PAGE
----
"I'll get you yet!" exclaimed Ames, starting off rapidly toward the
trail. "I've got pull that'll surprise you."

Jim swore a little under his breath and began again on his interrupted
calculations. When the four o'clock whistle blew and the shifts changed,
some one sat down silently near Jim. Jim worked on for a few moments,
finishing his problem. Then he looked up. Suma-theek was sitting on a
rock, smoking and watching Jim.

"Boss," he began, "you sabez that story old Suma-theek tell you?"

Jim nodded. "Why don't you do it, then?" the old Indian went on.

Jim looked puzzled. Suma-theek jerked his thumb toward the distant tent
house. "She much beautiful, much lonely, much young, much good. Why you
no marry her?"

"She is married, Suma-theek," replied Jim gently.

"Married? No! That no man up there. She no his wife. Let him go. He bad
in heart like in body. You marry her."

Jim continued to shake his head. "She belongs to him. The law says so."

Suma-theek snorted. "Law! You whites make no law except to break it.
Love it have no law except to make tribe live. Great Spirit, he must
think she bad when she might have good babies for her tribe, she stay
with that bad cripple. Huh?"

"You don't understand, Suma-theek. There is always the matter of honor
for a white man."

Suma-theek smoked his cigarette thoughtfully for a moment and then he
said, wonderingly: "A white man's honor! He will steal a nigger woman or
an Injun woman. He will steal Injun money or Injun lands. He will steal
white man's money. He will lie. He will cheat. Where he not afraid,
white man no have honor. But when talk about steal white man's wife, he
afraid. Then he find he have honor! Honor! Boss, white honor is like
rain on hot sand, like rotten arrow string, like leaking olla. I am old,
old Injun. I heap know white honor!"

Old Suma-theek flipped his cigarette into the excavation and strode
away. Jim rose slowly and looked over at the Elephant with his gray eyes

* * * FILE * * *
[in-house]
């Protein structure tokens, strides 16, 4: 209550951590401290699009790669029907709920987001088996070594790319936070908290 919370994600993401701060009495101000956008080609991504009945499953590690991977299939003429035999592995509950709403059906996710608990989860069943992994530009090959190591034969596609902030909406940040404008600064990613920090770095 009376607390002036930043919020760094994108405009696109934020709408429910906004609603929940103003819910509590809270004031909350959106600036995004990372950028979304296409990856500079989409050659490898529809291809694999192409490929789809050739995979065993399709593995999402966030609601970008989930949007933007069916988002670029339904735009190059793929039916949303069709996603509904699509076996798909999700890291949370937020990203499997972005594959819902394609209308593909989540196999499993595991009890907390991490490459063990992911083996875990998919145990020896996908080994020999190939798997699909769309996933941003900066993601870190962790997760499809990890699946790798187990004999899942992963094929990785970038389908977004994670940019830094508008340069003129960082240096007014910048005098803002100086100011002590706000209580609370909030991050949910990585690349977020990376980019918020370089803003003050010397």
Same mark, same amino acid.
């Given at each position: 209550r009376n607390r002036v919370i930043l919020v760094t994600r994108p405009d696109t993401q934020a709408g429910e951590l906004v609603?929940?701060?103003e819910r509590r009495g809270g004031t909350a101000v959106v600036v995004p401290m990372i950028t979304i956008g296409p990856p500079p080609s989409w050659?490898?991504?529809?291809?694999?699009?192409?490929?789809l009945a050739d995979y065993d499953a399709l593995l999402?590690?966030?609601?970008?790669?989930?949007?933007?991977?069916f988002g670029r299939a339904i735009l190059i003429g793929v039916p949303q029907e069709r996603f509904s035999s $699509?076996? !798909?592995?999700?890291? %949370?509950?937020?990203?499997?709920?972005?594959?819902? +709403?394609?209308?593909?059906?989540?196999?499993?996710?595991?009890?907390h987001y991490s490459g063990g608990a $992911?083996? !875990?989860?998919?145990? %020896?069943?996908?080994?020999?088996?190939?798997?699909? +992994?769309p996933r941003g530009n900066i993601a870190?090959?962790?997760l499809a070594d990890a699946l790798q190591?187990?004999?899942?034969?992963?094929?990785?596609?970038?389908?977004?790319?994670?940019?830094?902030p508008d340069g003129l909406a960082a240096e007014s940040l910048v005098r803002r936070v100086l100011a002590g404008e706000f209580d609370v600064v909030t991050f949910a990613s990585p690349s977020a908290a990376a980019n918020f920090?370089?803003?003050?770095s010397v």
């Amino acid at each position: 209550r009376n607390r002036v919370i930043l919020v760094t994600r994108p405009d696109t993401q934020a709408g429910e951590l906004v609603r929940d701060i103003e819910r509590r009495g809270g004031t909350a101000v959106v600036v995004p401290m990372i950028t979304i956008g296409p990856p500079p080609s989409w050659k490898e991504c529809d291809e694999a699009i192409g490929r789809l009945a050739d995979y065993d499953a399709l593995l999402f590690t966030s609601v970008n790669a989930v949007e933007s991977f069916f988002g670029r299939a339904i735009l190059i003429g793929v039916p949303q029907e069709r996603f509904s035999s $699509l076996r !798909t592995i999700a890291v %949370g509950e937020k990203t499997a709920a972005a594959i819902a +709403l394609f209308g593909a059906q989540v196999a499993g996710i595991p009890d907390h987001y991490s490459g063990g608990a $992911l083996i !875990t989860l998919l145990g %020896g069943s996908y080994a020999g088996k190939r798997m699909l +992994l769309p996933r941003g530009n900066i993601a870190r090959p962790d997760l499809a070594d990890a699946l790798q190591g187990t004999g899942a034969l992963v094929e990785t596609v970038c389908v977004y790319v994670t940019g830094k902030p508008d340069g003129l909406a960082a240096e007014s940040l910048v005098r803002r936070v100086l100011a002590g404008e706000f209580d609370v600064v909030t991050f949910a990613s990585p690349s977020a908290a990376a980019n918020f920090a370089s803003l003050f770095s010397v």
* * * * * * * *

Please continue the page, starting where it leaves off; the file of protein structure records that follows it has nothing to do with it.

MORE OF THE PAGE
narrowed, his broad shoulders set.

"On your head be it!" he murmured. "I am going to try!"

He climbed the trail to his house, washed and brushed himself and went
over to the tent house. Pen was sitting on the doorstep. Oscar Ames was
talking to Sara.

"Hello, Sara!" said Jim coolly. "Pen, I've got a free hour. Will you
come up back of the camp with me and let me show you the view from Wind
Ridge? It's finer than what you get from the Elephant."

Sara's face was inscrutable. Oscar said nothing. Pen laid aside her book
and picked up her hat.

"I knew there was something the matter with me," she said gaily. "It was
Wind Ridge I was missing though I never heard of it before! I won't be
long, Sara."

"Don't hurry on my account," said Sara, with a sardonic glance at Jim.

The trail led up the mountain slope with a steady twist toward a ridge
at the top that showed a sawtooth edge. Almost to the top the mountain
was dotted with little green cedars, dwarfed and wind-tortured. Up at
the saw edge they stopped. Here the wind caught them, wind flooding
across desert and mountain, clean, sweet, with a marvelous tang to it,
despite the desert heat.

"Why, it's a world of lavenders!" cried Pen.

Jim nodded and steadied her against the great warm rush of the wind. Far
to the east beyond the purple Elephant the San Juan mountains lay on the
horizon. They were the faintest, clearest blue lavender, with iridescent
peaks merging into the iridescent sky. The desert that swept toward the
Elephant was a yellow lavender. The mountain that bore the ridge was a
gray lavender. To the west, three great ranges vied with each other in
melting tints of purple, that now were blue, now were lavender. The two
might have been sitting at the top of the world, the sweep of the view
and the sense of exaltation in it were so great.

Mighty white clouds rushed across the sky, sweeping their blue shadows
over the desert, like ripples in the wake of huge sailing ships.

When Pen had looked her fill, Jim led her to a clump of cedars that